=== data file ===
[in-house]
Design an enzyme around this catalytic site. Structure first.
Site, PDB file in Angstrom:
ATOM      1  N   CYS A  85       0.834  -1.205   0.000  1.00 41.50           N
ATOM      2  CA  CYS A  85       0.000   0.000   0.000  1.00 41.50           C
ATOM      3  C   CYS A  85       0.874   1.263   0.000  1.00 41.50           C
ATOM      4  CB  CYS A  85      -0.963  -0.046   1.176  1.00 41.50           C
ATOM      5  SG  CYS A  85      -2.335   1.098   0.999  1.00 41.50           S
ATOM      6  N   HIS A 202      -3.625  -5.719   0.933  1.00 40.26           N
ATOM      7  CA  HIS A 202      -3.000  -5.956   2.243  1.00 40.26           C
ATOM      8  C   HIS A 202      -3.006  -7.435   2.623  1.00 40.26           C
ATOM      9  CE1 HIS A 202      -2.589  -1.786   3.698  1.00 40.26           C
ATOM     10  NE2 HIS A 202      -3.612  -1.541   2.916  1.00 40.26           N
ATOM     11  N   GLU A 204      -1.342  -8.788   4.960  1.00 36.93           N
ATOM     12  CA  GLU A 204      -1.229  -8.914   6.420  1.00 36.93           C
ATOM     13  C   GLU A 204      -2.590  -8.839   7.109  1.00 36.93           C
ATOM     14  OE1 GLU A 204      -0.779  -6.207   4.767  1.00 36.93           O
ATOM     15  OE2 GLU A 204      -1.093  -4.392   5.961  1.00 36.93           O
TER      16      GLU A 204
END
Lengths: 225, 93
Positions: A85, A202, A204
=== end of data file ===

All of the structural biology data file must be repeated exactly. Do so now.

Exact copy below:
[in-house]
Design an enzyme around this catalytic site. Structure first.
Site, PDB file in Angstrom:
ATOM      1  N   CYS A  85       0.834  -1.205   0.000  1.00 41.50           N
ATOM      2  CA  CYS A  85       0.000   0.000   0.000  1.00 41.50           C
ATOM      3  C   CYS A  85       0.874   1.263   0.000  1.00 41.50           C
ATOM      4  CB  CYS A  85      -0.963  -0.046   1.176  1.00 41.50           C
ATOM      5  SG  CYS A  85      -2.335   1.098   0.999  1.00 41.50           S
ATOM      6  N   HIS A 202      -3.625  -5.719   0.933  1.00 40.26           N
ATOM      7  CA  HIS A 202      -3.000  -5.956   2.243  1.00 40.26           C
ATOM      8  C   HIS A 202      -3.006  -7.435   2.623  1.00 40.26           C
ATOM      9  CE1 HIS A 202      -2.589  -1.786   3.698  1.00 40.26           C
ATOM     10  NE2 HIS A 202      -3.612  -1.541   2.916  1.00 40.26           N
ATOM     11  N   GLU A 204      -1.342  -8.788   4.960  1.00 36.93           N
ATOM     12  CA  GLU A 204      -1.229  -8.914   6.420  1.00 36.93           C
ATOM     13  C   GLU A 204      -2.590  -8.839   7.109  1.00 36.93           C
ATOM     14  OE1 GLU A 204      -0.779  -6.207   4.767  1.00 36.93           O
ATOM     15  OE2 GLU A 204      -1.093  -4.392   5.961  1.00 36.93           O
TER      16      GLU A 204
END
Lengths: 225, 93
Positions: A85, A202, A204